Think Before You Brand
Most commercial real estate companies have
similar goals: serve clients well, achieve profitability, grow the
business. While identifying your company's goals is important,
determining how effectively you are reaching your intended audience is
just as critical. "Businesses have a vision of what their companies are
about, but what's really important is what their clients think," says
Ian Latham , chief executive of Latham & Co. Brand Consultants in
Latham suggests doing your homework before
spending money on a new company logo or ads in the local paper. First,
assess what your current and prospective clients think about you and
your business. "What ideas do they have about you" You want to be sure
you are properly understood in your market," Latham says. In phone
interviews, Latham uses structured questionnaires, open-ended
questions, and other techniques to gain "a vivid, dimensional picture
of the client brand, which provides a framework for strategic planning
Next compare your own views of your
company's mission, goals, and performance to those of your clients and
see what matches up. From there, companies can determine how a branding
strategy might help them bridge the gaps between market perceptions and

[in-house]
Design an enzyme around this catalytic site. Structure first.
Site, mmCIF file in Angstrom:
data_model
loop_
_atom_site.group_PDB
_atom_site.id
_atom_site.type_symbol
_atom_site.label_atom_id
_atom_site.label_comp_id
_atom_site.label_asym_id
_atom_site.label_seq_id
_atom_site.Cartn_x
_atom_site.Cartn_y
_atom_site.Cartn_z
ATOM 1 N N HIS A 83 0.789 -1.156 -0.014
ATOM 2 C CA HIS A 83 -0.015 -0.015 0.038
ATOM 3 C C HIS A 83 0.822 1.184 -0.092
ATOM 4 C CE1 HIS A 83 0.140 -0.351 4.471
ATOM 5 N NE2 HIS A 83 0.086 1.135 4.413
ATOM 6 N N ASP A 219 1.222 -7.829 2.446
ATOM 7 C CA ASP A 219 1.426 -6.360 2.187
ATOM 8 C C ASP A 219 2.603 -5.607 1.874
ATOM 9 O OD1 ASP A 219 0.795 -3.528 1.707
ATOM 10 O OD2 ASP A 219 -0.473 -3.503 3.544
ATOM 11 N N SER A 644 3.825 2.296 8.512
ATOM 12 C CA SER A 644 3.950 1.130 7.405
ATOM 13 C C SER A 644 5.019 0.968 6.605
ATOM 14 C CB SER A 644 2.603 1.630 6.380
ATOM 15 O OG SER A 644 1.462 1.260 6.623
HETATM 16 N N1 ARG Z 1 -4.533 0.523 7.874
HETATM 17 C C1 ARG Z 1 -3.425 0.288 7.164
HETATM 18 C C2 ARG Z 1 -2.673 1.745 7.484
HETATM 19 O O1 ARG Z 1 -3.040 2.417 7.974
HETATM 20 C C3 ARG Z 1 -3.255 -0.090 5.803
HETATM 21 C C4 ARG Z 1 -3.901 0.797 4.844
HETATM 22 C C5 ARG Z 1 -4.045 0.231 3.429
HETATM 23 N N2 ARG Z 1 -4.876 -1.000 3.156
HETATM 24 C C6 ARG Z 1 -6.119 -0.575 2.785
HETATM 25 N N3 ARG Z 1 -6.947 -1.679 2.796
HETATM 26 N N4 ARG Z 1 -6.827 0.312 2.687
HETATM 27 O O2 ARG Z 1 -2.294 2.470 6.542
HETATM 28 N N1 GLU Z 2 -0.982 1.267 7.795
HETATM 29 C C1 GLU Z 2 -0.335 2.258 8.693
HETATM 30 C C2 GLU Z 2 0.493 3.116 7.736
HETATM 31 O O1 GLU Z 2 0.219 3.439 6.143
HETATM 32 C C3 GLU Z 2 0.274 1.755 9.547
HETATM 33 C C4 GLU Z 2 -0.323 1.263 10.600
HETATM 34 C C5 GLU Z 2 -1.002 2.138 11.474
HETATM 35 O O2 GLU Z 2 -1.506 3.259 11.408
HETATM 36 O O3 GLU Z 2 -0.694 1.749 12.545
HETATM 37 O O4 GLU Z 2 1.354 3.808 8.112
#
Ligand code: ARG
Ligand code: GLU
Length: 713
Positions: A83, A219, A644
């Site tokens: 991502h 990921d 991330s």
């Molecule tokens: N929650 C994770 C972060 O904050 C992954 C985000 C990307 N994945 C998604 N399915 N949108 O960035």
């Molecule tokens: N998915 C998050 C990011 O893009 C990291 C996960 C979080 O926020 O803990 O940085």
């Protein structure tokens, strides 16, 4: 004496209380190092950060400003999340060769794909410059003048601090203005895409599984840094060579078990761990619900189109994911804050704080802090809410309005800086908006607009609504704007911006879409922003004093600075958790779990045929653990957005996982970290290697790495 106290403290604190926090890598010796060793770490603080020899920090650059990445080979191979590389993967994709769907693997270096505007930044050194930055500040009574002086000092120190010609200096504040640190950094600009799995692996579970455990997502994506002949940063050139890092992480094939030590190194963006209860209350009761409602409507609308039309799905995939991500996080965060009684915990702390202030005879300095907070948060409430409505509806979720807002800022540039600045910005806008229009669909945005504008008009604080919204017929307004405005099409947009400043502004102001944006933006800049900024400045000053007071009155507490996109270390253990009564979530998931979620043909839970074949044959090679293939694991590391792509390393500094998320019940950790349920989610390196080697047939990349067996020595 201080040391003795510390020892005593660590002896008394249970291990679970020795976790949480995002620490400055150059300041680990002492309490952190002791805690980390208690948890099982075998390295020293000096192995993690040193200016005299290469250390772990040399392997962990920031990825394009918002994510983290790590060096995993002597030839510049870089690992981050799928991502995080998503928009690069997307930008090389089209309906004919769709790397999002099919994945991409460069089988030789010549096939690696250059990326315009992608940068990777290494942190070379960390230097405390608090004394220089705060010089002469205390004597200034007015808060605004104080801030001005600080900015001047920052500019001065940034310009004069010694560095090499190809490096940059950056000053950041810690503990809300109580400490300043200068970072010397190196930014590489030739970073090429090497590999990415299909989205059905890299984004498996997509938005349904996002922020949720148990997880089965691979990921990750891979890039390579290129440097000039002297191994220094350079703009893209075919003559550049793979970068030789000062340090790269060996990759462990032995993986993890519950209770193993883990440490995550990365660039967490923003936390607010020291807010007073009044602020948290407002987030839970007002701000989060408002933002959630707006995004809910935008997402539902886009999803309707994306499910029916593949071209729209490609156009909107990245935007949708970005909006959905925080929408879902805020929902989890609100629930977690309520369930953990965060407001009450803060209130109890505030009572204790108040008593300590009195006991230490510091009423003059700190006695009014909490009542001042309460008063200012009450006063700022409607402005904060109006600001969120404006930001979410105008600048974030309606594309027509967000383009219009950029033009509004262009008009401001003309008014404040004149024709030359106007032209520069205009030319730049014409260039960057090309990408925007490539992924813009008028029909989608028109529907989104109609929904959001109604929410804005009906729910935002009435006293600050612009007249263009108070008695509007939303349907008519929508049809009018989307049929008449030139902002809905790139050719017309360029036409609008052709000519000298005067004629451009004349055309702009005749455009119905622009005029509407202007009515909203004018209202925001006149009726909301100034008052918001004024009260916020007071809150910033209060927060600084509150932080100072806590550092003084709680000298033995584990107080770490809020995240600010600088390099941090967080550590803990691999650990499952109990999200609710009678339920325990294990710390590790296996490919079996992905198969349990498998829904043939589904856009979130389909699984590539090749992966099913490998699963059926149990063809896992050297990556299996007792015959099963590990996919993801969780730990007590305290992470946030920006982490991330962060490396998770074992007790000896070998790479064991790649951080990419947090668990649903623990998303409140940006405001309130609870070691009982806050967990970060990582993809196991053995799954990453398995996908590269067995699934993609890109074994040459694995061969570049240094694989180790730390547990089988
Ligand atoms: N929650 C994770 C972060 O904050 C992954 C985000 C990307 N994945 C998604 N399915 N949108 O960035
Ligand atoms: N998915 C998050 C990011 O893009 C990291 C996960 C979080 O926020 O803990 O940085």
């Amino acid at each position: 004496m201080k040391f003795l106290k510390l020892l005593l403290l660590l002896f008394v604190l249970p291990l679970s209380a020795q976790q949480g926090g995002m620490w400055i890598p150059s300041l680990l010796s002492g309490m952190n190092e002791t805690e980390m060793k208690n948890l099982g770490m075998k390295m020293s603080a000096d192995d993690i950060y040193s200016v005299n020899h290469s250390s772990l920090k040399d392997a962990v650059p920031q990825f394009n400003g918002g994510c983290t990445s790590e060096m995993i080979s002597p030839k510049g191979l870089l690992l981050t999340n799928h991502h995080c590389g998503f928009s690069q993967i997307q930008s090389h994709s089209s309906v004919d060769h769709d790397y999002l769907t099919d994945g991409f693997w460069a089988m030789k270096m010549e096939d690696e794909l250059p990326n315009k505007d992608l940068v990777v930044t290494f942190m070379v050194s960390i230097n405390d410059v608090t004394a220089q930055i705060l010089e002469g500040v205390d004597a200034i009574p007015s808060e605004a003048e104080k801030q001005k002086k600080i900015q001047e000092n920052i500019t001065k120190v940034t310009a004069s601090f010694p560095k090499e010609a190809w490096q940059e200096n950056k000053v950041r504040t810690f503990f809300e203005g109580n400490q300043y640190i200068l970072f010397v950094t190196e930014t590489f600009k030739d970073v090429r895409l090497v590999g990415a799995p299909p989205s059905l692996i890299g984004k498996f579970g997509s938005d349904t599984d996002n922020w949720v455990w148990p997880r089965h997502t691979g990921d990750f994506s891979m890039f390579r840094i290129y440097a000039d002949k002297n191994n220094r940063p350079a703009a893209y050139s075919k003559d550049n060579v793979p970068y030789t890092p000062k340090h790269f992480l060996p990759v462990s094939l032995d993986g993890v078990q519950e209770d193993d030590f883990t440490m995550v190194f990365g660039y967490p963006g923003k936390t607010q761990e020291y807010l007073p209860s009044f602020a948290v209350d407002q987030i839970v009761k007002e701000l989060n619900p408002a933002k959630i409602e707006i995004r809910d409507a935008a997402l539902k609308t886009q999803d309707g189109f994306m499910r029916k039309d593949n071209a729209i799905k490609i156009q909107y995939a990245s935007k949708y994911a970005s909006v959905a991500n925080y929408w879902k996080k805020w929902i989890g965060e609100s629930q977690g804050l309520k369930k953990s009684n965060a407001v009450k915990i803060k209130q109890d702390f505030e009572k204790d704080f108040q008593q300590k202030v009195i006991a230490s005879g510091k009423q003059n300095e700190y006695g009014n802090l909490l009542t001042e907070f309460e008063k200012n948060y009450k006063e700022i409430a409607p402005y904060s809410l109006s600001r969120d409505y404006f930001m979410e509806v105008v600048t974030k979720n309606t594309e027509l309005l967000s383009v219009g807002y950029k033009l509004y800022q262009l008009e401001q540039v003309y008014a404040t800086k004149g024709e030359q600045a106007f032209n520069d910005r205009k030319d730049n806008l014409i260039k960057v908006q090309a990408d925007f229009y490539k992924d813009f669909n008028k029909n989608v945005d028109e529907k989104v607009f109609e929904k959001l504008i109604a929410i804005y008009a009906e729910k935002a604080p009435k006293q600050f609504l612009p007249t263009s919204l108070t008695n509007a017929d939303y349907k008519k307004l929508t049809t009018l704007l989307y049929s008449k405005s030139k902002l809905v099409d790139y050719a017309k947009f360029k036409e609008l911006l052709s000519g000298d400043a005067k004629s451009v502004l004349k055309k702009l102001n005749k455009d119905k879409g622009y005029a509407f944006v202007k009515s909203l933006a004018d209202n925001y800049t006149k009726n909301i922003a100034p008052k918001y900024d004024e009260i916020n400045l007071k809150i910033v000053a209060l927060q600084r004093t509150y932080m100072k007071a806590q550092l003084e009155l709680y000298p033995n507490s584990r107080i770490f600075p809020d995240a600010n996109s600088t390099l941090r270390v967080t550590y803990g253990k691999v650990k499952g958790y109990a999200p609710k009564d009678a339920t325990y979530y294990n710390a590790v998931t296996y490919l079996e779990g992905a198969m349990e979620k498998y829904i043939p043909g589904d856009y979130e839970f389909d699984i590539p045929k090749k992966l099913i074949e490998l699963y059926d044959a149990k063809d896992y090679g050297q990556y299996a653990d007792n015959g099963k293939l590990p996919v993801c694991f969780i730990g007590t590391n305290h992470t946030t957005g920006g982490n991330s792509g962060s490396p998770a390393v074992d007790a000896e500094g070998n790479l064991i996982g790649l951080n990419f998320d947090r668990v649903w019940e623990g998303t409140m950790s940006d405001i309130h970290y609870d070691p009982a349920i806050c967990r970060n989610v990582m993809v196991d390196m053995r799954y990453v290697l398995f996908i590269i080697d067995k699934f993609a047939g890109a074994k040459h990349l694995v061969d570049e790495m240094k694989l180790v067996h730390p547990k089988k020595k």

their actual performance.
To successfully build a
company brand, every employee must thoroughly understand, buy into, and
demonstrate it, Latham says. "Consistency is important -" with
follow-through, day-to-day contact, negotiations, the close," he says.
"You have to build an image that is almost like a living person," says
Todd A. Gold, CCIM, president of REOC Partners in San Antonio.
"Employees must identify with it to be able to give clients a unified,
professional image," he says. In the end, a sound, well-run
company is truly the most important prerequisite for a successful
branding strategy. For the brand to manifest, "you must have the goods
-" experienced, seasoned people and market knowledge -- to back it up,"
Gold says. Latham agrees: "Branding can't fix a business that is not